#8

Bernie has made 2 astute decisions in the last week: his support for a public funding option of all Congressional elections is one and the other was his remarks on immigration. People are now understanding their wages, housing, credit rating and healthcare, whether they're a service worker, carpenter or a software engineer, are being undercut by the very people who claim the libertarian, free market and small gov't platform. While " pigging out " at the trough of the MIC, PIC and Security State; there's no money for the roads, schools, health clinics, food and environmental regulations and energy alternatives which keep people from dieing prematurely at the hands of the corrupted state. A state which demands tax compliance under potential legal duress but offers no redress of grievances without " legalized bribery and pay to play " , as President Carter pointed out, too. The DINOS cannot escape their all to obvious duplicity, here, as Republicans make complete fools of themselves, genuflecting in front of the Oligarchs. Thanks Bernie and President Carter. " No taxation without representation. " It worked before and can, again.


#9

Bernie Sanders, Speak Up: Militarism and Corporate Power Are Fueling Each Other


#10

We’re Not Sandernistas: Reinventing the Wheels of Bernie’s Bandwagon


#11

MSM corporations' revenues (especially big city daily newspapers) are highly dependent on campaign ads and will eternally fight tooth and nail to INCREASE, not decrease PAC funding of campaigns.

Ever since the internet dried up advertising revenue for newspapers, campaign ads are about the only revenue source keeping them from going out of business.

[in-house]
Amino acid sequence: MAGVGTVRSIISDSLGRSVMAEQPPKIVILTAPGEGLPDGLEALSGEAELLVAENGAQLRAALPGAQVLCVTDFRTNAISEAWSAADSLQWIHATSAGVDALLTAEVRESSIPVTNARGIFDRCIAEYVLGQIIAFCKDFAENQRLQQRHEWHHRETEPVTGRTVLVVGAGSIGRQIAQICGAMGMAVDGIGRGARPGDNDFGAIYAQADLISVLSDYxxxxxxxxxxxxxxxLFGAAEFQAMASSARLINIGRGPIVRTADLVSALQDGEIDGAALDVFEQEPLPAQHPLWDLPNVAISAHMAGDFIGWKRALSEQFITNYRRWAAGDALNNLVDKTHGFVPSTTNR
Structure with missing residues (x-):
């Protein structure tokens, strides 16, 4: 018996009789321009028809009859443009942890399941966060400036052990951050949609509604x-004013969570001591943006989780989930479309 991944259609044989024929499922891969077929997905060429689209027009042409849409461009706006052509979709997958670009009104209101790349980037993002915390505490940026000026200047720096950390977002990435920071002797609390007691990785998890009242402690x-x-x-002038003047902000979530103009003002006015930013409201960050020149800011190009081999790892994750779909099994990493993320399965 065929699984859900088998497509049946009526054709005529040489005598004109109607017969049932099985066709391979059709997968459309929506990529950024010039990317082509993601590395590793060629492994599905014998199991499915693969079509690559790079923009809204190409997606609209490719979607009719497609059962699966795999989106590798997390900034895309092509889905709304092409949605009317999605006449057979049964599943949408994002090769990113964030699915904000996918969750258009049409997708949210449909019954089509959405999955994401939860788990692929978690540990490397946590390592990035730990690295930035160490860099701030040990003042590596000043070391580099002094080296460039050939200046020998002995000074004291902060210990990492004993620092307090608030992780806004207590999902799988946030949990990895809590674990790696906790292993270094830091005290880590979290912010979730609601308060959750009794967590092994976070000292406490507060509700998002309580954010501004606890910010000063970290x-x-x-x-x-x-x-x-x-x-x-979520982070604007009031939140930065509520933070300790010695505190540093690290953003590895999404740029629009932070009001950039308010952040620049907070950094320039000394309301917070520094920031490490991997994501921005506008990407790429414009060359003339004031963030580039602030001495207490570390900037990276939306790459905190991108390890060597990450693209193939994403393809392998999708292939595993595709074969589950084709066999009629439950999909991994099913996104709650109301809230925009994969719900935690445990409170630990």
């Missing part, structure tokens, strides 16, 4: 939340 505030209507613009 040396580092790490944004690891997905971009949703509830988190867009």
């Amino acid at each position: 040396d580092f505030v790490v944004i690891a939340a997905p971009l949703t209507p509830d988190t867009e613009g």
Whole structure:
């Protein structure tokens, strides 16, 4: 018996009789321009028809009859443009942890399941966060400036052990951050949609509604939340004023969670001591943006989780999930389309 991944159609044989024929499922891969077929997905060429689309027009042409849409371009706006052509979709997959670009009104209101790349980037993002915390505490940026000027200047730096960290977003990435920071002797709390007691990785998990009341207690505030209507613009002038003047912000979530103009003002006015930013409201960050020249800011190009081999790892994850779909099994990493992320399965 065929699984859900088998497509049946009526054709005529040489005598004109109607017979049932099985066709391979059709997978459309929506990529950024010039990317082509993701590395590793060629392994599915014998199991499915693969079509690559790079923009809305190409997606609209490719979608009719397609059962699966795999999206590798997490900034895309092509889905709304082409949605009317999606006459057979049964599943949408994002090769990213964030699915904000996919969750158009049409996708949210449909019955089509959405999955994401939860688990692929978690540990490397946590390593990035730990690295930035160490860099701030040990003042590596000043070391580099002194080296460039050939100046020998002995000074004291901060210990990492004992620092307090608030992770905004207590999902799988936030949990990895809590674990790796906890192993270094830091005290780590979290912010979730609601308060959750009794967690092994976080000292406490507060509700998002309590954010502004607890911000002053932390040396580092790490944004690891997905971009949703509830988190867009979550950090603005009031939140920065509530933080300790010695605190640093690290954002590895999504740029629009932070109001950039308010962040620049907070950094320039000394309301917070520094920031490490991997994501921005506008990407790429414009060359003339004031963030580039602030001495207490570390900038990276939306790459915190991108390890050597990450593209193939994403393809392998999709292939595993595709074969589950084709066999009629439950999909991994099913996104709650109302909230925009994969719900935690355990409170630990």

#12

Recall that ever since the Clintons and others formed the Democratic Leadership Council (DLC) in 1985 and focused the Party's mission on getting more corporate money than the GOP, the Party has increasingly distanced itself from pre-DLC players like Jimmy Carter, to the point that Carter was not even invited to speak at the 2008 Democratic Party Convention.

During and subsequent to the 2008 Convention Obama has never alluded to the existence of Carter, while frequently praising Ronny Raygun, even comparing himself to Ronny.


#14

Nearly 60 donors give one-third of all 2016 campaign cash


#15

Would you really want to run a privately funded campaign, ala Bloomberg, against a publicly funded and party supported candidate? It's akin to walking around in a deer outfit in Michigan in the late fall. Good luck outside the old Confederacy, too, which isn't even really a part of the U.S., anymore. Bloomberg's attempt at inserting himself into state and national elections via the primary system was blown out of the water here in Oregon. California and Washington will soon enough revisit this backdoor 3rd way trickery also, I'm thinking.


#16

This is a fine article. To which I would add that reform of inequality is impossible without abandonment of the empire. And there is no doubt no one knows this better than Senator Sanders. He already has enough power mobilized against him (and us) and is choosing to emphasize income inequality, the wacky trade deals and racist attacks on the poor where he knows he is right in the mainstream. The mainstream of what the people want, not the mainstream the punditocracy would like the people to want.